I don't know how many of you would have seen this film but it was, and still is, very wonderful.  Many of the girls, and the nuns, were seen shedding a tear while watching.  Did I shed a tear too?  Now, that would be telling wouldn't it?  I would only have been 6 or 7 years old so perhaps I don't remember about that, but I do remember the film as it made quite an impression on me.  I saw it again many years later and enjoyed it just as much as the first time.

Thursday, February 16, 2012


I am not sure just how long we lived in the house in Wellington Street but I do know it was before I turned 7 that we moved to another place where we rented 2 rooms and shared conveniences and this was to a big house at 196 Goderich Street in East Perth.  There were two flats in the back garden and my brother Len lived in one of those so I guess it was he that arranged for our move.

Auntie Sheila (wife of my Uncle Lindsay Anderson) told me recently that her grandfather had actually owned and lived in the very same house many years previously.  A small world indeed.

I had begun attending Victoria Square College (now known as Mercedes College) while still living in Wellington Street but it was much more convenient for me now that we had moved as the front gate of the school was opposite where we were now living and I only had to cross the street to get to school.

My brother Len was married to Jean during this time and we of course attended their wedding and mum had made a very pretty horseshoe on a ribbon and I gave this to Jean, for good luck, as she was entering the church.

I celebrated my 7th birthday here and mum gave me a party to which were invited 5 girls from my school as well as 3 children of friends of mum and dad.  I have a lovely picture of all of us with our party hats on all looking as though we are enjoying ourselves very much.

Brother Len also joined the Royal Australian Air Force.  He'd never been brilliant at maths while at school and mum tutored him before he had to sit for his entrance exam and he passed with flying colours and eventually became an aerial photographer and during WW2 he actually flew out of Darwin with the American Airforce and took photos of the results of bombing raids on Borneo which was of course at that time in the possession of the Japanese.  I may tell more about that on a later blog.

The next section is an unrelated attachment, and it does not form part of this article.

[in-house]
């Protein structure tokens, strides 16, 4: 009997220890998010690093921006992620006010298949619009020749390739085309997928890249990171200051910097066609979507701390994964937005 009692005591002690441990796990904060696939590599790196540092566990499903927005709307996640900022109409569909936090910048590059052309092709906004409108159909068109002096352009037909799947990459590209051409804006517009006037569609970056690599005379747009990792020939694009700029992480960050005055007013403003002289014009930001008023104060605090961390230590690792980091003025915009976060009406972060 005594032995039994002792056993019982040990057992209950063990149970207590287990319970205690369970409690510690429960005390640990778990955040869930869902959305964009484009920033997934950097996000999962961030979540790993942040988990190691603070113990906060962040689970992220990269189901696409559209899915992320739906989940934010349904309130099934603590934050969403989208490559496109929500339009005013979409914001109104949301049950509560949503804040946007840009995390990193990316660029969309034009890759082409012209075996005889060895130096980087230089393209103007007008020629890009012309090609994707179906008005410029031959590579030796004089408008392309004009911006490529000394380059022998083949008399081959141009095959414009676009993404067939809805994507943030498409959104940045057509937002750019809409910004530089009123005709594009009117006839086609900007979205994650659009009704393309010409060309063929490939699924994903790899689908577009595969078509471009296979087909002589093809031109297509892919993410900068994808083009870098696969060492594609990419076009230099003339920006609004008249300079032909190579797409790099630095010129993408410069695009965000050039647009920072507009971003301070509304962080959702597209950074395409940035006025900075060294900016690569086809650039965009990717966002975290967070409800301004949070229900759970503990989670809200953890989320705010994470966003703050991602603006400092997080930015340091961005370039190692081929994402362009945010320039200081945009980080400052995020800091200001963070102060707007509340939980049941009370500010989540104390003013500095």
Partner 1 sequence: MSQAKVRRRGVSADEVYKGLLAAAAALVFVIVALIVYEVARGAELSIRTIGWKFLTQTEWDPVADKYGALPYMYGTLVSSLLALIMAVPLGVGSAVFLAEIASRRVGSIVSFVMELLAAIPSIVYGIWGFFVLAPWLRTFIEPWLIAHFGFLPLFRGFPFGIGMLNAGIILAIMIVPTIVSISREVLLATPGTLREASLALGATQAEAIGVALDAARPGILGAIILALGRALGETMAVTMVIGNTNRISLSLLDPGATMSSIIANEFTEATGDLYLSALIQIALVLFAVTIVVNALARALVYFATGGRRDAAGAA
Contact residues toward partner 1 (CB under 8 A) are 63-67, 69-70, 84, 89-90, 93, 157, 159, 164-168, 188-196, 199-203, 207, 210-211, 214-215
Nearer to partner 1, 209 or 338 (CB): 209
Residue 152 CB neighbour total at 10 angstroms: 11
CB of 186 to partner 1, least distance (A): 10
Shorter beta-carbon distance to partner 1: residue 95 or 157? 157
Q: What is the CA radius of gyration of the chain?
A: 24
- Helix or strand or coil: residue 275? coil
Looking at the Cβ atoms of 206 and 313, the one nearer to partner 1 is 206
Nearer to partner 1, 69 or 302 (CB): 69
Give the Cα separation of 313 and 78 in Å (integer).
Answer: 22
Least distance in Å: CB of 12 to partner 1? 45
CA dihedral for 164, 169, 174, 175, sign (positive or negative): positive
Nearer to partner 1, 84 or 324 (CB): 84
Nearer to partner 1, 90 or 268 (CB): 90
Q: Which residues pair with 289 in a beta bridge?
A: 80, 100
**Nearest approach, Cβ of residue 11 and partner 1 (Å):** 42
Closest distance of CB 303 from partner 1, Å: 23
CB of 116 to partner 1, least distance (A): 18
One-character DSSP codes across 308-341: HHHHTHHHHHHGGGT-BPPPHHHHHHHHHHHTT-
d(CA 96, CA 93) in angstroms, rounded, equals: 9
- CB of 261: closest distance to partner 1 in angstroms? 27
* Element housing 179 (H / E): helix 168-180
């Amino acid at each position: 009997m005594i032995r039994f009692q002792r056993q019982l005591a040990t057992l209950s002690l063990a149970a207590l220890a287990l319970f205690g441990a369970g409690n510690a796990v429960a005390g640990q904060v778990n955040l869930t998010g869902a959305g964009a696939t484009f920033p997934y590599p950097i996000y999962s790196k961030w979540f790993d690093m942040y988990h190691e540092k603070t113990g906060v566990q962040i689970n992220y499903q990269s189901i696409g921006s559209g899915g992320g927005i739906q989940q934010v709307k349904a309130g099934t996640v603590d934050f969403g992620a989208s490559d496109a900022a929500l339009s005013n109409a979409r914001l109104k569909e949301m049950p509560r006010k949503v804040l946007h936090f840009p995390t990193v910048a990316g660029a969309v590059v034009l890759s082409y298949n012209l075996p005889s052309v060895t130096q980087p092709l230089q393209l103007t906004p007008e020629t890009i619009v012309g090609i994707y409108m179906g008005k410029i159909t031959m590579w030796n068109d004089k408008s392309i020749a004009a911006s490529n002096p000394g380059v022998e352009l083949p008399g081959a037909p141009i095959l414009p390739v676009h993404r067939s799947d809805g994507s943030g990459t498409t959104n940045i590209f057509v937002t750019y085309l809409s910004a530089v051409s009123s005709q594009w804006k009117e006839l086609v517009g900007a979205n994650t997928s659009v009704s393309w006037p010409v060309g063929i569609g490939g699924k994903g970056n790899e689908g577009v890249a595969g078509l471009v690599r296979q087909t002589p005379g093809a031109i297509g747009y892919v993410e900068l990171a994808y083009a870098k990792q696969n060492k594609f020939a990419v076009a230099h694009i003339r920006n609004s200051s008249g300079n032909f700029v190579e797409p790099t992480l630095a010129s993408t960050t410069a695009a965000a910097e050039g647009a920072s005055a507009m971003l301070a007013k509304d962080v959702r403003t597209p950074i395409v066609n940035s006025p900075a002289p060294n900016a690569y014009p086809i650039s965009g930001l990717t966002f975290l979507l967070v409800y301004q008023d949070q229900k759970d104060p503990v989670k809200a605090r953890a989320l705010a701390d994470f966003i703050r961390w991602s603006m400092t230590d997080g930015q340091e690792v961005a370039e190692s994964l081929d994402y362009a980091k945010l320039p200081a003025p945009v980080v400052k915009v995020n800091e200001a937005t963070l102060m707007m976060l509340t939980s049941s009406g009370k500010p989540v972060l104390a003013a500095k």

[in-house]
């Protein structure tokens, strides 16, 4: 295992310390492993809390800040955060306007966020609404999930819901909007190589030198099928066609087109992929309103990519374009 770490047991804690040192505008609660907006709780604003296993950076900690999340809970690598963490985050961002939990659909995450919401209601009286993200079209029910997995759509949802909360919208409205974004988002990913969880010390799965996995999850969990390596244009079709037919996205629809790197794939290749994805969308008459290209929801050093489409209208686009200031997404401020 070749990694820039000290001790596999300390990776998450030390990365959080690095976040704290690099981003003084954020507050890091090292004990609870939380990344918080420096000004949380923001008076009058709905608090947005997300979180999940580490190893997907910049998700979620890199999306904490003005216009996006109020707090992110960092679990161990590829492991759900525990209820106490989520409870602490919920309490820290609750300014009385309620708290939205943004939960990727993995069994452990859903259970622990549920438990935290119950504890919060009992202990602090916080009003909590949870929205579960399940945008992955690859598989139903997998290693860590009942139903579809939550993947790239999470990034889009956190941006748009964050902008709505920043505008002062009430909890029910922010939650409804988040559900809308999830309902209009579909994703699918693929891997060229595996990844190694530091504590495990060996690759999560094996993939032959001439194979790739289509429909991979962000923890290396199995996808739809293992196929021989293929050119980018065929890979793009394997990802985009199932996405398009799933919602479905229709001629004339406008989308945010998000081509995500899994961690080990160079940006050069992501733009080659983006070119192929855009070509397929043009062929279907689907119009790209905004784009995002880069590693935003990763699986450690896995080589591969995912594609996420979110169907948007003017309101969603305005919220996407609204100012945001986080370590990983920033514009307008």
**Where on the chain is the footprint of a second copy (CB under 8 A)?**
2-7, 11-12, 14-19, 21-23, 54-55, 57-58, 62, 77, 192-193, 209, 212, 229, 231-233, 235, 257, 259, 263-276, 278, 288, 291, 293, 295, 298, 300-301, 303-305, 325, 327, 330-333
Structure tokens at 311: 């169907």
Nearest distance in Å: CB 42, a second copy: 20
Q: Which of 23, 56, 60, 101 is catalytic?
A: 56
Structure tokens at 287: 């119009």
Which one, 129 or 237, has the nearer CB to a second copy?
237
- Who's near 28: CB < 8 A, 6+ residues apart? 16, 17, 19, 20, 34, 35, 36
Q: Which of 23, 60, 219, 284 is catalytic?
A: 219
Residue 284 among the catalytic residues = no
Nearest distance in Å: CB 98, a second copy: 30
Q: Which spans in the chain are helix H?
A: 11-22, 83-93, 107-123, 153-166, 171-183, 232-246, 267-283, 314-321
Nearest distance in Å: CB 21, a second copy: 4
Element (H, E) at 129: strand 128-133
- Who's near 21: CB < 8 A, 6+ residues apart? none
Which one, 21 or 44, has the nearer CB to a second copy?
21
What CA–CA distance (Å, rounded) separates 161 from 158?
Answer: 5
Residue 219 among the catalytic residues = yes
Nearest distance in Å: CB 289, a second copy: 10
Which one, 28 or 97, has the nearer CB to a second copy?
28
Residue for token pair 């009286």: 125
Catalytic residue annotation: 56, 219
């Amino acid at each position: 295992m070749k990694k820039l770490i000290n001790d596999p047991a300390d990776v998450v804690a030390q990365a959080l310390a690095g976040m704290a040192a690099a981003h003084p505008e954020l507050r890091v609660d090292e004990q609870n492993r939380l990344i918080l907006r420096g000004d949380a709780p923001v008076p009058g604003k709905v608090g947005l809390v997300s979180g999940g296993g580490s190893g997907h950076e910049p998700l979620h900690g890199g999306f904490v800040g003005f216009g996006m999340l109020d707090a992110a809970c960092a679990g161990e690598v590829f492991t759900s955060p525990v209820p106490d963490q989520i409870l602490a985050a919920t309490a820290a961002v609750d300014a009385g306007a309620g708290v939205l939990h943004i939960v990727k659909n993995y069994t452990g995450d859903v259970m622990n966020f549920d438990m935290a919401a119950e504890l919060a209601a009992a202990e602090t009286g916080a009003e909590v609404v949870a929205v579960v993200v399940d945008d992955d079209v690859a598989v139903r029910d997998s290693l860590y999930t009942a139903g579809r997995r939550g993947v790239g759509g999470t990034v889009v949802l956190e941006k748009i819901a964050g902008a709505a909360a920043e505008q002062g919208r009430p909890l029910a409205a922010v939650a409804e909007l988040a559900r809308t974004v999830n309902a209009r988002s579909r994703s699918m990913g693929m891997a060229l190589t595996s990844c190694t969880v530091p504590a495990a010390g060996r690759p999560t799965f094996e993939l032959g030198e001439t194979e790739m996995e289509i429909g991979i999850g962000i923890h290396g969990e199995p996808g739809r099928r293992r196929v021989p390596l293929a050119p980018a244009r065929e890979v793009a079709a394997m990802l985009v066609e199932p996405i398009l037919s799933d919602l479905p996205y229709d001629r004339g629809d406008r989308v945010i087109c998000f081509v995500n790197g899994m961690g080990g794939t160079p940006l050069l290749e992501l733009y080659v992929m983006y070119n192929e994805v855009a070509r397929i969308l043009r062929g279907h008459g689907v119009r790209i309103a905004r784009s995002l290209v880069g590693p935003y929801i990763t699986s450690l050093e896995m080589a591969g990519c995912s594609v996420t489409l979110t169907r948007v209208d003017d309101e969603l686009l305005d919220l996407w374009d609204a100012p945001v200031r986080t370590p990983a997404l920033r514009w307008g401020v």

I think we were quite happy living in the house in Goderich Street but it would not be long before were were on the move again and next time it was to rent a duplex in Royal Street (also in East Perth).  More about that next time.

Sunday, February 12, 2012


I spoke of leaving the farm toward the end of 1937 and renting a couple of rooms in a big house in Wellington Street, the landlady of which had a son named (I think) Peter who was a bit of a terror.

I had been bought up for nearly 6 years very much on my own without much association with other children (I did correspondence lessons on the farm so no kindy or the like) and was by nature rather shy.

Three recollections (apart from my 6th birthday) I have while living in that house were these:

Running down the long gravel driveway by the house one day I fell and ended up with the worst gravel grazes on my kneea that one could have.  Anyone who has suffered a gravel grazewill understand what I am saying.  If I remember correctly it took several weeks for my knees to heal.

One day while playing outside I saw Peter making a small pile of dead leaves and bits of twigs right up against the side of the house.  I asked him what he was doing and he told me he was going to set fire to the house.  I remember rushing inside and up the stairs to tell mum we had to get outside as the house was going to burn down.  She of course calmed me down and told me that Peter was only teasing and I believe his mother did tell him off for doing so.  The house was built of brick so no way it could have burned down, or at least not from a small pile of leaves and twigs but I was obviously a gullible little girl and absolutely believed it could happen.